Review of Growing Up Jewish In Alexandria: The Story of a Sephardic Family’s Exodus From Egypt
By Merri Rosenberg
Growing Up Jewish In Alexandria: The Story
of a Sephardic Family’s Exodus From Egypt
By Lucienne Carasso
There is no shortage of memoirs about the complicated, fraught and often tragic experiences of European Jews from the middle of the 20th century. For most of us here in the United States, and specifically in the New York metropolitan area, that ongoing wave of Eastern European migration formed and continues to inform the culture and fabric not only of Jewish life here, but New York itself.
Less common, however, is a sense of what happened to our Sephardic cousins, especially those who lived in Middle Eastern Arab lands. There is the brilliant and compelling work by Lucette Lagnado and Andre Aciman, of course, but Ashkenazi dominance mostly holds sway.
A welcome addition to offering another look at Jewish diversity comes in this self-published memoir by Lucienne Carasso.
She grew up in Alexandria, Egypt, during a relatively privileged moment for the city’s Jewish community—at least for a while—surrounded by a large, extended family of aunts, uncles and cousin. As Carasso explains, “I decided to write my memoirs to capture the history of my family’s sojourn in the land of Egypt. Like the ancient Hebrews, our sojourn was ended by the exodus of an entire community….I also felt it important to try to put my family’s experience in the context of Egypt’s political history,” a task that perhaps took on greater urgency given recent events in Egypt.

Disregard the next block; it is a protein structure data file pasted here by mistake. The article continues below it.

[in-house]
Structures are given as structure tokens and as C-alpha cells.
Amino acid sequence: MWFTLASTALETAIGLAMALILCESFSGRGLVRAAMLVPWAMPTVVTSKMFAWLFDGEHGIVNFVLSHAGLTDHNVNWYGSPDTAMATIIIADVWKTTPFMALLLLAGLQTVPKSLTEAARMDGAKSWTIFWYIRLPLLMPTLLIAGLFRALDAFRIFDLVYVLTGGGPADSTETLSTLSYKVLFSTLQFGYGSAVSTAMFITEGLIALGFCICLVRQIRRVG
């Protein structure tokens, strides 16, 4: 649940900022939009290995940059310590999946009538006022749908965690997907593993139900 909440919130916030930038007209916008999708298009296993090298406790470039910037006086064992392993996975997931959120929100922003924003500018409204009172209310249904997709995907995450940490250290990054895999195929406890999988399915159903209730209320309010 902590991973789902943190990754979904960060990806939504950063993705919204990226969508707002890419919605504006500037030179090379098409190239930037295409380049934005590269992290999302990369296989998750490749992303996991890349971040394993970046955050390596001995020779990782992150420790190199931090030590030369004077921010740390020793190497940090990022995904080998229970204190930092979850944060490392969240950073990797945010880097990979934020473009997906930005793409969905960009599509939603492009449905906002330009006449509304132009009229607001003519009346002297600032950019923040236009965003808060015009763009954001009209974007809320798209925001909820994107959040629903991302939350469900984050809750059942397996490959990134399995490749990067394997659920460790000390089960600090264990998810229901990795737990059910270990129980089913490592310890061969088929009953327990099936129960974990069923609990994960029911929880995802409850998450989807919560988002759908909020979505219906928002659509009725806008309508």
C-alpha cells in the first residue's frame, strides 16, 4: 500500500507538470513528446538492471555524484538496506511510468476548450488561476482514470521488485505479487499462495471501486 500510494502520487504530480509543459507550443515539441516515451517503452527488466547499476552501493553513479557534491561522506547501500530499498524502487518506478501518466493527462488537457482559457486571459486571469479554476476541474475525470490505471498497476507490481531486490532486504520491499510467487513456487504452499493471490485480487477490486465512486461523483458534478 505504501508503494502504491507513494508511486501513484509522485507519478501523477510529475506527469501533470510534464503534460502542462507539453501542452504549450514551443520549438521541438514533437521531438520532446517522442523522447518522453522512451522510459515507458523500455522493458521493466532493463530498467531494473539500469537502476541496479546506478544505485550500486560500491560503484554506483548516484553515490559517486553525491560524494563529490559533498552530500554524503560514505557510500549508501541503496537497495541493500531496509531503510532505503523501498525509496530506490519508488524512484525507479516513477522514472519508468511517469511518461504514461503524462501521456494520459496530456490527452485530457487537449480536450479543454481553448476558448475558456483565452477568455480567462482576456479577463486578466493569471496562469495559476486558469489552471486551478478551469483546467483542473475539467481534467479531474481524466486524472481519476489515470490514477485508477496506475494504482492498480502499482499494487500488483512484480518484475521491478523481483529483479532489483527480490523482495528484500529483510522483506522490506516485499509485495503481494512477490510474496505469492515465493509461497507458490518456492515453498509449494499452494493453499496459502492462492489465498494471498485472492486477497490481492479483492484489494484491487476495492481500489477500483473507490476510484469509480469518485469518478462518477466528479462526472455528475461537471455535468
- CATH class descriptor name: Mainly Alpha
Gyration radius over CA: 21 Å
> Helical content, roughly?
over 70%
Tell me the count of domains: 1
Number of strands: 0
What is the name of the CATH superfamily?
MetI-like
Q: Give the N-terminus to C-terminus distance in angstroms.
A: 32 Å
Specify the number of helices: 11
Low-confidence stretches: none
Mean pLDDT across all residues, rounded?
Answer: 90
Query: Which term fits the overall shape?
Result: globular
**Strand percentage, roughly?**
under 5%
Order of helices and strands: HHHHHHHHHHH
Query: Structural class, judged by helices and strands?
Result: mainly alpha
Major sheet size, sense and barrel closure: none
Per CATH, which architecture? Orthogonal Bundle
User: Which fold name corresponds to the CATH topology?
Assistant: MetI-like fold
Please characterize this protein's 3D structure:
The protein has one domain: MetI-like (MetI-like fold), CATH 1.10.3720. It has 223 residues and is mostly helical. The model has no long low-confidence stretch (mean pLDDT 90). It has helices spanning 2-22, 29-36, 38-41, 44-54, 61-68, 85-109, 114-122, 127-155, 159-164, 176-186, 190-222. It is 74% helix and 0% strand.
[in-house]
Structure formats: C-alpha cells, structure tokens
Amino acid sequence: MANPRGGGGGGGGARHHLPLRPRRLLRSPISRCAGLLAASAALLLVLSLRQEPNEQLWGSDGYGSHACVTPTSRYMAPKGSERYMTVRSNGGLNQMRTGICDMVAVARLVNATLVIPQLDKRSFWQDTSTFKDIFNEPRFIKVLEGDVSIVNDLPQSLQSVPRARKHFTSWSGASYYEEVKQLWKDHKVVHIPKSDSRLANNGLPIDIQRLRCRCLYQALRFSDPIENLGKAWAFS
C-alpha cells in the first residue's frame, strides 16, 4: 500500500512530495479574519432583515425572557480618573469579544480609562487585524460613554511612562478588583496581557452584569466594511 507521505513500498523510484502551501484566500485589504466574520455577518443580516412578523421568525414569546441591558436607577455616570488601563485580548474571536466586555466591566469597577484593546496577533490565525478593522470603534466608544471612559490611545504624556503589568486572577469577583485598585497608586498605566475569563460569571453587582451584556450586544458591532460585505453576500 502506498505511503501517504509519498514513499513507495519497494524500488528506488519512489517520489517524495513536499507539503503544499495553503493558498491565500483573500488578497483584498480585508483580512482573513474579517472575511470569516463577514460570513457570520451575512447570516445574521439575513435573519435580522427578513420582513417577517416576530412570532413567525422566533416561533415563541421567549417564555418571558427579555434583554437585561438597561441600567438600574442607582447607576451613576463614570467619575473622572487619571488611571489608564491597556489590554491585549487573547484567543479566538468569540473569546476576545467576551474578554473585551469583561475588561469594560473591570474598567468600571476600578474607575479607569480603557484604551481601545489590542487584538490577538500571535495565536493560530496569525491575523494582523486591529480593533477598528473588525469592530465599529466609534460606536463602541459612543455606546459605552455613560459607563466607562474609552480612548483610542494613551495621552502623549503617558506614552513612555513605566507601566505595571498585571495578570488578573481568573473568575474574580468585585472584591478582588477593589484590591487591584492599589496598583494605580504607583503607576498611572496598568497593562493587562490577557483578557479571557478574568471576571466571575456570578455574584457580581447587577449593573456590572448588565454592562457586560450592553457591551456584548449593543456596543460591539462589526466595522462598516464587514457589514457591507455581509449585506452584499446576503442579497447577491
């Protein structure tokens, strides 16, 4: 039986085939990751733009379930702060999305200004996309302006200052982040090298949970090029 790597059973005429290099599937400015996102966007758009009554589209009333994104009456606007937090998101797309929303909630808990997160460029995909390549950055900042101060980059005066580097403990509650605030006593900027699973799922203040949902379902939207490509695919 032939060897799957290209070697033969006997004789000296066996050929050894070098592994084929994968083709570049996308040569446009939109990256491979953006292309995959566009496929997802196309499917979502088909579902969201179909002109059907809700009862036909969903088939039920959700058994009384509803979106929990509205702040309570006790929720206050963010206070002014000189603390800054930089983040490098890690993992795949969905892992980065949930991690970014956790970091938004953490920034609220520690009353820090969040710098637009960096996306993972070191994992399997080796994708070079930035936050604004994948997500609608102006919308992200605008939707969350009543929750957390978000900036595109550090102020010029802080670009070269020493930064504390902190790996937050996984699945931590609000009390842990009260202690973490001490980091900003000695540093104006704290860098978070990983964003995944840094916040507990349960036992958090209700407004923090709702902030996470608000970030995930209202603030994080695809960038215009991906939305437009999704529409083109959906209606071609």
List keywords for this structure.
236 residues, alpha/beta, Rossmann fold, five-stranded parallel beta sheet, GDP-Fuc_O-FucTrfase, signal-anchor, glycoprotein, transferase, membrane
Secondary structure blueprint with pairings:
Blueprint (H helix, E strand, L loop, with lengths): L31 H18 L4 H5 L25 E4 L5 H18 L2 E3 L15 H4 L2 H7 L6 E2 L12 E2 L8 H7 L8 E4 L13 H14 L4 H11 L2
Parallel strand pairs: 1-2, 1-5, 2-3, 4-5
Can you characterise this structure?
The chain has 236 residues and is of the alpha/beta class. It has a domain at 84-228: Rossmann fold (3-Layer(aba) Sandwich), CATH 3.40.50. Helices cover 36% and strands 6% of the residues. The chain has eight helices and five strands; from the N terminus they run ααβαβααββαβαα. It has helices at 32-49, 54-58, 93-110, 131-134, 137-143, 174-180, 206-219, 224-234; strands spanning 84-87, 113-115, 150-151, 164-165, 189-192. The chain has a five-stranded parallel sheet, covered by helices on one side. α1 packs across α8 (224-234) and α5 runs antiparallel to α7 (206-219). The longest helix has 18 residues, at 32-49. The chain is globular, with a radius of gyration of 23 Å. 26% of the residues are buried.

Her family’s century-long experience in the cultured, vibrant, supremely cosmopolitan city of Alexandria ended in November 1956, during the Suez Canal crisis, when her father was arrested by Gamal Abdel Nasser’s government. That traumatic experience shattered what the author writes was “an ideal childhood,” filled with strolls along the beautiful Mediterranean beaches, games, parties, family dinners and holiday celebrations. Carasso also evokes the specific traditions of Egyptian Judaism, and the Ladino customs and sayings that defined her universe.
“The world of my childhood is a lost one that in all probability will never be recreated,” admits Carasso. Thanks to her painstaking depiction of that vanished world, readers can immerse themselves in that evocative, exotic society.